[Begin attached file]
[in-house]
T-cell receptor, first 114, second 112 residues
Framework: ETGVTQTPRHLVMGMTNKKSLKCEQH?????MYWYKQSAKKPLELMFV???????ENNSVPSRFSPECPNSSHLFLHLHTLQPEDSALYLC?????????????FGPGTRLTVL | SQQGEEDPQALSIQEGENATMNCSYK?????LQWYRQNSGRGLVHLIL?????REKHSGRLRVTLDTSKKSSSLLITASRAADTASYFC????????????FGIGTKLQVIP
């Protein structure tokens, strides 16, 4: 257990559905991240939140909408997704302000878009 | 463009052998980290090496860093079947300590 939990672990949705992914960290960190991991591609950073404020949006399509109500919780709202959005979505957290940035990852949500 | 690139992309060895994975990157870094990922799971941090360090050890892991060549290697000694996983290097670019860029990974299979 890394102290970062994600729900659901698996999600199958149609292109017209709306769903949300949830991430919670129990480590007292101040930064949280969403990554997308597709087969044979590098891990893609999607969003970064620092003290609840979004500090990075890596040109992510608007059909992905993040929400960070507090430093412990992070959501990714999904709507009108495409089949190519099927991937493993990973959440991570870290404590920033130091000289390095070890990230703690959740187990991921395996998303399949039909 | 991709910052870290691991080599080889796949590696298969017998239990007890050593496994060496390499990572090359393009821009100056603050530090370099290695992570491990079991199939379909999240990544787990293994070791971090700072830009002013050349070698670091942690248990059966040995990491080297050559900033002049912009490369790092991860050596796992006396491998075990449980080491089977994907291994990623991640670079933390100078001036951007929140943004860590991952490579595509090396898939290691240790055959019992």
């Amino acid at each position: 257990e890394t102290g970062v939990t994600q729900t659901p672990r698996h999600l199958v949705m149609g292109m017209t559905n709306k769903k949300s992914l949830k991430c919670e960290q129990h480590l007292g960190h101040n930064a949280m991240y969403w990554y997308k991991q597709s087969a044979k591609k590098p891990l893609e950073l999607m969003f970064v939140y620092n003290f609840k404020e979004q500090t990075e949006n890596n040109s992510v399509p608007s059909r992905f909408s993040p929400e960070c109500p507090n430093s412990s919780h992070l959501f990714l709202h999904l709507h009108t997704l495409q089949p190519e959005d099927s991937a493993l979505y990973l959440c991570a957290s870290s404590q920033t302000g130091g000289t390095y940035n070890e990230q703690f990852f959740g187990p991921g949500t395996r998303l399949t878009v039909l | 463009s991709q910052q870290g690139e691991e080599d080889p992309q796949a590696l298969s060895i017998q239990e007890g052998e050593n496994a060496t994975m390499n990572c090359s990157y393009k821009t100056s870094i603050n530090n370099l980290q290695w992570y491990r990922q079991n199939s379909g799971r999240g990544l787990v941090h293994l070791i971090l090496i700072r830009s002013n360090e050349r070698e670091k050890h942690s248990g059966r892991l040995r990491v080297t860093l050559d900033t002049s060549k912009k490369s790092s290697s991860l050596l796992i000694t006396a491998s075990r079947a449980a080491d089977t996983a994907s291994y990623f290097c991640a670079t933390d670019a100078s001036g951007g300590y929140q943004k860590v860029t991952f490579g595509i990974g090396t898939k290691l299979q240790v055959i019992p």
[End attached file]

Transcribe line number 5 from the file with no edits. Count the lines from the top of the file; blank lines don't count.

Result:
């Amino acid at each position: 257990e890394t102290g970062v939990t994600q729900t659901p672990r698996h999600l199958v949705m149609g292109m017209t559905n709306k769903k949300s992914l949830k991430c919670e960290q129990h480590l007292g960190h101040n930064a949280m991240y969403w990554y997308k991991q597709s087969a044979k591609k590098p891990l893609e950073l999607m969003f970064v939140y620092n003290f609840k404020e979004q500090t990075e949006n890596n040109s992510v399509p608007s059909r992905f909408s993040p929400e960070c109500p507090n430093s412990s919780h992070l959501f990714l709202h999904l709507h009108t997704l495409q089949p190519e959005d099927s991937a493993l979505y990973l959440c991570a957290s870290s404590q920033t302000g130091g000289t390095y940035n070890e990230q703690f990852f959740g187990p991921g949500t395996r998303l399949t878009v039909l | 463009s991709q910052q870290g690139e691991e080599d080889p992309q796949a590696l298969s060895i017998q239990e007890g052998e050593n496994a060496t994975m390499n990572c090359s990157y393009k821009t100056s870094i603050n530090n370099l980290q290695w992570y491990r990922q079991n199939s379909g799971r999240g990544l787990v941090h293994l070791i971090l090496i700072r830009s002013n360090e050349r070698e670091k050890h942690s248990g059966r892991l040995r990491v080297t860093l050559d900033t002049s060549k912009k490369s790092s290697s991860l050596l796992i000694t006396a491998s075990r079947a449980a080491d089977t996983a994907s291994y990623f290097c991640a670079t933390d670019a100078s001036g951007g300590y929140q943004k860590v860029t991952f490579g595509i990974g090396t898939k290691l299979q240790v055959i019992p």